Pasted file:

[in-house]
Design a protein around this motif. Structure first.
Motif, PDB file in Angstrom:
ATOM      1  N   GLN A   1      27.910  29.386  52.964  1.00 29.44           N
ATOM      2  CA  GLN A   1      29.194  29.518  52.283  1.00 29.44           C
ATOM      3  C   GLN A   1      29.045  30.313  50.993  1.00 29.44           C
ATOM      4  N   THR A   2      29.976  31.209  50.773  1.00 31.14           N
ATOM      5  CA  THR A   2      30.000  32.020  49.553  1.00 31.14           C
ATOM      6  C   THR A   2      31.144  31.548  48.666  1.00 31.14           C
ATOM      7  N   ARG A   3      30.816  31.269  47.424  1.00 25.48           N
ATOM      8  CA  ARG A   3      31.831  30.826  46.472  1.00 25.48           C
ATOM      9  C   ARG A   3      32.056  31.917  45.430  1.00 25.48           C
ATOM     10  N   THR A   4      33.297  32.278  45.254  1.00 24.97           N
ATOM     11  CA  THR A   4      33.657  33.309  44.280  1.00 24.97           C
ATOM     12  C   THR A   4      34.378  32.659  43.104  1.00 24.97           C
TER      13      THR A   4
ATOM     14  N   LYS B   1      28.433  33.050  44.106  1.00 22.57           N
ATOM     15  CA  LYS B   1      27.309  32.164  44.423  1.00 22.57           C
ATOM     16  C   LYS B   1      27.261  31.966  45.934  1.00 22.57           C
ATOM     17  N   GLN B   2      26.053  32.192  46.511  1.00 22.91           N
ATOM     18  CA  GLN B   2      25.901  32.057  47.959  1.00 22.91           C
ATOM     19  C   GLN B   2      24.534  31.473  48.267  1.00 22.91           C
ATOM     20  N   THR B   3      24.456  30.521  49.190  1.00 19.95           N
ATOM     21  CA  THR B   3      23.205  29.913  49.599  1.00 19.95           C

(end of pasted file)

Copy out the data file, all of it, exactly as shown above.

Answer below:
[in-house]
Design a protein around this motif. Structure first.
Motif, PDB file in Angstrom:
ATOM      1  N   GLN A   1      27.910  29.386  52.964  1.00 29.44           N
ATOM      2  CA  GLN A   1      29.194  29.518  52.283  1.00 29.44           C
ATOM      3  C   GLN A   1      29.045  30.313  50.993  1.00 29.44           C
ATOM      4  N   THR A   2      29.976  31.209  50.773  1.00 31.14           N
ATOM      5  CA  THR A   2      30.000  32.020  49.553  1.00 31.14           C
ATOM      6  C   THR A   2      31.144  31.548  48.666  1.00 31.14           C
ATOM      7  N   ARG A   3      30.816  31.269  47.424  1.00 25.48           N
ATOM      8  CA  ARG A   3      31.831  30.826  46.472  1.00 25.48           C
ATOM      9  C   ARG A   3      32.056  31.917  45.430  1.00 25.48           C
ATOM     10  N   THR A   4      33.297  32.278  45.254  1.00 24.97           N
ATOM     11  CA  THR A   4      33.657  33.309  44.280  1.00 24.97           C
ATOM     12  C   THR A   4      34.378  32.659  43.104  1.00 24.97           C
TER      13      THR A   4
ATOM     14  N   LYS B   1      28.433  33.050  44.106  1.00 22.57           N
ATOM     15  CA  LYS B   1      27.309  32.164  44.423  1.00 22.57           C
ATOM     16  C   LYS B   1      27.261  31.966  45.934  1.00 22.57           C
ATOM     17  N   GLN B   2      26.053  32.192  46.511  1.00 22.91           N
ATOM     18  CA  GLN B   2      25.901  32.057  47.959  1.00 22.91           C
ATOM     19  C   GLN B   2      24.534  31.473  48.267  1.00 22.91           C
ATOM     20  N   THR B   3      24.456  30.521  49.190  1.00 19.95           N
ATOM     21  CA  THR B   3      23.205  29.913  49.599  1.00 19.95           C